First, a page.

Although more liberal commentators have expressed appropriate outrage at such remarks, they have failed to note that, for a number of years now, prominent Democrats have also been advocating these very dangerous ideas as well, with Democratic leaders also defending the large-scale killing of civilians in the name of "fighting terrorism."
Et Tu, Hillary?
Among the most outspoken Democrats who have defended the killing of civilians in areas controlled by terrorist groups, exonerated those responsible for specific war crimes, and advocated the effective rewriting of international humanitarian law to legitimize the killing of civilians has been former senator and secretary of state Hillary Clinton, the frontrunner for the 2016 Democratic presidential nomination.
For example, in response to concerns raised by Israeli and international human rights groups about the nearly 1,500 civilians killed by Israeli forces during the 2014 war on the Gaza Strip, Hillary Clinton insisted, "I think Israel did what it had to do to respond to Hamas rockets." When pressed further about civilian casualties, she replied, "Israel has a right to defend itself," implying that she believed that attacks on civilians somehow constituted legitimate self-defense.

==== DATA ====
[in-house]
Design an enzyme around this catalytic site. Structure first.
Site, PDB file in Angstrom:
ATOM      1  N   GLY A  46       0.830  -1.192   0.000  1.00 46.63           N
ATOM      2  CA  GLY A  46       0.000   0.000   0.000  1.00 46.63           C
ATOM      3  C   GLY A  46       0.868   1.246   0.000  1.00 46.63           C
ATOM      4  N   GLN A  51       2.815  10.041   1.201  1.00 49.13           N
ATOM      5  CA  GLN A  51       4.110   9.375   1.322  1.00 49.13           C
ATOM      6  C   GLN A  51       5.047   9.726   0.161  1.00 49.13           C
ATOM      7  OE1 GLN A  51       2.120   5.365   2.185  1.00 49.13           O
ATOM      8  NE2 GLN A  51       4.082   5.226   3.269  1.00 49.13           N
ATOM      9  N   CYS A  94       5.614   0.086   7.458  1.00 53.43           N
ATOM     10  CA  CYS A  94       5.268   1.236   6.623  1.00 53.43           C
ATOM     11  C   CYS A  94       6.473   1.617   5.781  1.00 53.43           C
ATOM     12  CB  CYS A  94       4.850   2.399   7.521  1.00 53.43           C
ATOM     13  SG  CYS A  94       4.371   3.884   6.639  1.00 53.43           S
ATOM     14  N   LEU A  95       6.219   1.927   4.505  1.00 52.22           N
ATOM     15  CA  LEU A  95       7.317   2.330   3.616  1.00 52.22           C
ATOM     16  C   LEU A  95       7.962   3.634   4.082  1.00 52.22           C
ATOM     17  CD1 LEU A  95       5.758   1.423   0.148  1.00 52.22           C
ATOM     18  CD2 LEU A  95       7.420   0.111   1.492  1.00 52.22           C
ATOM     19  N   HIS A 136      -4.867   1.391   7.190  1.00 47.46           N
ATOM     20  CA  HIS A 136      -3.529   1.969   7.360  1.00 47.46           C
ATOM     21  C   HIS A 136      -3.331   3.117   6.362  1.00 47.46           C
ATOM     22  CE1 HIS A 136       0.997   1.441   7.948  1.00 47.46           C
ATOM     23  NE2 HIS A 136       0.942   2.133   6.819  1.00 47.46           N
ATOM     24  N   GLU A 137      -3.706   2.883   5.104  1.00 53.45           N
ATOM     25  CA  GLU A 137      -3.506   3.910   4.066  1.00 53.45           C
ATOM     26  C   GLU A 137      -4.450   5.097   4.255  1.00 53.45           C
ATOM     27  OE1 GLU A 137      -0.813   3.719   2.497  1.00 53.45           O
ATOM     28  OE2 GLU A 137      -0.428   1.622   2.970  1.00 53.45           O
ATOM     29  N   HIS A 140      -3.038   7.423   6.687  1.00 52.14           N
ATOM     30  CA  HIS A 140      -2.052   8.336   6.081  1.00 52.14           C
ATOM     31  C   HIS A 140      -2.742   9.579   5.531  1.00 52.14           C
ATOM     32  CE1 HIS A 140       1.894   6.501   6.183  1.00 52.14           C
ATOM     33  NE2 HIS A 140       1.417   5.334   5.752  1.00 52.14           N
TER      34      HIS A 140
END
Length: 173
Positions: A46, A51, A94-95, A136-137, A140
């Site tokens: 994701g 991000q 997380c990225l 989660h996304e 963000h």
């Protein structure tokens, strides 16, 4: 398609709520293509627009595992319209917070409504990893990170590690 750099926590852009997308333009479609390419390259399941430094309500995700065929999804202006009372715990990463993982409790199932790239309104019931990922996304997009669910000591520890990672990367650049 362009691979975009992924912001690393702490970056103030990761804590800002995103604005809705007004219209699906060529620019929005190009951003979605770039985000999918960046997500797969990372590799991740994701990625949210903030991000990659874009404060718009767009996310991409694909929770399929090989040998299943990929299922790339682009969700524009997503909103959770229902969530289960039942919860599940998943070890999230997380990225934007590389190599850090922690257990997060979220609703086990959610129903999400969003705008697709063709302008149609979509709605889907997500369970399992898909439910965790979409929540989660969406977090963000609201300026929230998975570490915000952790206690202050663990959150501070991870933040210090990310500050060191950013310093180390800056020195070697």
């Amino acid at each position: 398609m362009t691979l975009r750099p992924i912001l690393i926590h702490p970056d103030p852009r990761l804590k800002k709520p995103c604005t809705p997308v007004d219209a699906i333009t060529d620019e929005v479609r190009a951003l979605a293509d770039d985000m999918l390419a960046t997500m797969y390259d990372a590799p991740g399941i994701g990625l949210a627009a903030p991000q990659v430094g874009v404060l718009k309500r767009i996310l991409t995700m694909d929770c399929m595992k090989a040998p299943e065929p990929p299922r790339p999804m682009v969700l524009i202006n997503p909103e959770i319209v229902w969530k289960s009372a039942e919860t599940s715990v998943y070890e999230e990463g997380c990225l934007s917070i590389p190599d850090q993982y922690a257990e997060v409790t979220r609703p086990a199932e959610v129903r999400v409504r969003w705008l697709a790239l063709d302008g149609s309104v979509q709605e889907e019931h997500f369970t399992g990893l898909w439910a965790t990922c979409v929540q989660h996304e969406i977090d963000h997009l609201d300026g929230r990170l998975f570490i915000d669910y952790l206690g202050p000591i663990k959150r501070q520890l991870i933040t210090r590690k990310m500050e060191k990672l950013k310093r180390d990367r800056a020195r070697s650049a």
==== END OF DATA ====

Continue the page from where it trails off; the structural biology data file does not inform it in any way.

When Israeli forces attacked a UN school housing refugees in the Gaza Strip in July 2014, killing dozens of civilians, Senator Bernie Sanders (I-VT) condemned it and the U.S. State Department issued a statement saying that it was "appalled" by the "disgraceful" shelling. By contrast, Hillary Clinton - when asked about the attack during an interview with The Atlantic - refused to criticize the massacre, saying, "[I]t's impossible to know what happens in the fog of war." Though investigators found no evidence of Hamas equipment or military activity anywhere near the school, Clinton falsely alleged that Hamas was firing rockets from an annex to the school.
More tellingly, she appeared to argue that since Hamas had been firing rockets into civilian-populated areas of Israel, the Israeli government was not legally or morally culpable for their killing of Palestinian civilians, claiming that "the ultimate responsibility" for the deaths at the school "has to rest on Hamas and the decisions it made."